1) I did not get you riled up. I am not responsible for your emotional reaction. You may have found yourself riled up, but it wasn’t my fault.
2) I don’t recall taking anything back, sort of or completely. As I always do, I tried to identify points on which we actually agree, defend the points on which I think we still disagree, and acknowledge places where I may not have communicated as clearly as I’d liked in my original post.
When other people misunderstand what I’ve written (not when they disagree, but when I think they actually misunderstand me), I take the time to consider that I might have expressed my idea less clearly than I could have. Then, if necessary, I clarify. Clarification is neither an admission of fault nor a rescinding of what one originally said. It’s an addition.
Some people consider this tendency of mine a rhetorical weakness. Why should I clarify my words? I could simply say that I wrote it correctly the first way and if people misunderstood me it’s because they didn’t read carefully enough, distorted my meaning, etc. My rhetoric is rooted in reader response theory. Communicative acts are not information exchanges (or at least most communicative acts are not): both the writer and the reader bring subjectivity to the process, so even when one person writes clearly (in his/her estimation) and another person reads generously and thoroughly, miscommunication can happen.
Assigning blame seems rather pointless to me, at least in these cases, because it doesn’t actually get us any closer to the goal of communication: understanding, which is a mutual process. Understanding happens when two people work together, not when one convinces the other he/she is absolutely correct.
My basic point here is that you characterized the interaction in a way that served your own point extremely well but did not reflect what actually happened, at least not in my estimation (I can’t speak for other readers, of course). Such rhetoric is a barrier to understanding, though it’s certainly useful if one wants to assign fault/blame.
(Bold added). These statements are not compatible with each other. From this, I inferred that you weren’t really serious when you made the unqualified statement that both parties are at fault when a misunderstanding occurs. I chose that because it’s the more charitable interpretation. If I am misunderstanding, please correct my inference.
In terms of fault, generally, I don’t understand this impulse that people have to run around screaming “stop assigning blame!” as if you have to have some sort of moral high horse in order to assess what went wrong in a social situation. Whenever a situation turns out badly, it’s critically important to go back and develop and understanding of why it turned out that way, and how to prevent it in the future. The process of figuring out why it turned out badly is impossible without assigning blame. “Assigning blame” just means that you’re assessing which party (if not both parties) should have behaved differently. If neither party is willing to admit that they should have behaved differently, then the next time they face the situation, the same result will follow. It’s a total cop-out to say “well, nobody did anything wrong, but next time, I/you should do X.” If there’s a good reason to do it next time, then there’s a good reason why it should have been done this time. It’s not a moral judgment, just a pragmatic one.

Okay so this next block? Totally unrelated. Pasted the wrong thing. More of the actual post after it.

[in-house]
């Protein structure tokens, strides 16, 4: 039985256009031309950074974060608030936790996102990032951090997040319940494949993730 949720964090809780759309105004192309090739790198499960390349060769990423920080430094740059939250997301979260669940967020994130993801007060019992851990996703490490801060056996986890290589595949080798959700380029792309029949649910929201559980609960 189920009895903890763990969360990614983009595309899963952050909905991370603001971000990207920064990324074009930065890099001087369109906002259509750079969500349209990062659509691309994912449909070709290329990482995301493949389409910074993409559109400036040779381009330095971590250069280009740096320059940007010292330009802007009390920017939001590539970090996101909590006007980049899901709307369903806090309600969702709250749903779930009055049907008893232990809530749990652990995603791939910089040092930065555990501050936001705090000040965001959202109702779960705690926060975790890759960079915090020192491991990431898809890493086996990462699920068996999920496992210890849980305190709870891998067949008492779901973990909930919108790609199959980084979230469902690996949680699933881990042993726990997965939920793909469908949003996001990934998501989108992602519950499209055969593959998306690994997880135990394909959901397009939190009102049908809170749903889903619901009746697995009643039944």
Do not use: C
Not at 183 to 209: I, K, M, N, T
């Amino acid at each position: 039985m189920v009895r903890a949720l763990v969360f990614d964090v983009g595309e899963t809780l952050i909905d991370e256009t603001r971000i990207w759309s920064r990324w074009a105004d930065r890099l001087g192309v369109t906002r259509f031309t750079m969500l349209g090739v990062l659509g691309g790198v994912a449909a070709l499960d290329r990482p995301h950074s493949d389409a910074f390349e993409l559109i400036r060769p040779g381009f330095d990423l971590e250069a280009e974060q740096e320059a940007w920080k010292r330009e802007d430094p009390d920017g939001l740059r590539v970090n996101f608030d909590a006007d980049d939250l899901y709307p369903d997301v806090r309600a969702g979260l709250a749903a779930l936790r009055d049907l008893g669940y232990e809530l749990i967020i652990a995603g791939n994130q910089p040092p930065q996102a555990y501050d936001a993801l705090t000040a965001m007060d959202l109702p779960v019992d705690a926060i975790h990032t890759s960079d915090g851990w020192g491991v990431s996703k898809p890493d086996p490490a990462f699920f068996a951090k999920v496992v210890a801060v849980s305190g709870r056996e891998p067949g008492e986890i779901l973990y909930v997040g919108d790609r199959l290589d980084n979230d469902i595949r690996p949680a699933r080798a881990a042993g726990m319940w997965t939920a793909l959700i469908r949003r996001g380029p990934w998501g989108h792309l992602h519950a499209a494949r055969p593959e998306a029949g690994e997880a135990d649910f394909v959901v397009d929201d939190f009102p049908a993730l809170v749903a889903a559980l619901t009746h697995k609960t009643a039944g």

I’m confused about to what you’re referring. If you’re still talking about my inference that you “took back” your statement that miscommunication = fault by both parties, I’ve addressed that above.
Glad to hear it. Your discussion on apologies seemed to suggest otherwise.
I admit that the sentence you quoted above should have contained a qualifier. I think the next section clarifies my point, but I should have gone back and edited the original sentence.
I think if you’d chosen the most charitable interpretation, you would have read the second sentence as a clarification/expansion of the original idea. But you’re certainly not obligated to be that charitable, and I let it hang. I can see why that sentence seems odd given everything else I said in the rest of the discussion.
Actually, now that I think about it, I probably should have qualified that whole paragraph with “when both parties are operating in good faith” since your example (the restauranteur deliberately misleading the customer) is a good example of one-sided fault but also has one person operating in bad faith and one in good faith. I tend to assume good faith on the part of everyone unless/until we have reason to assume otherwise. That qualifier appears in my post, but near the end: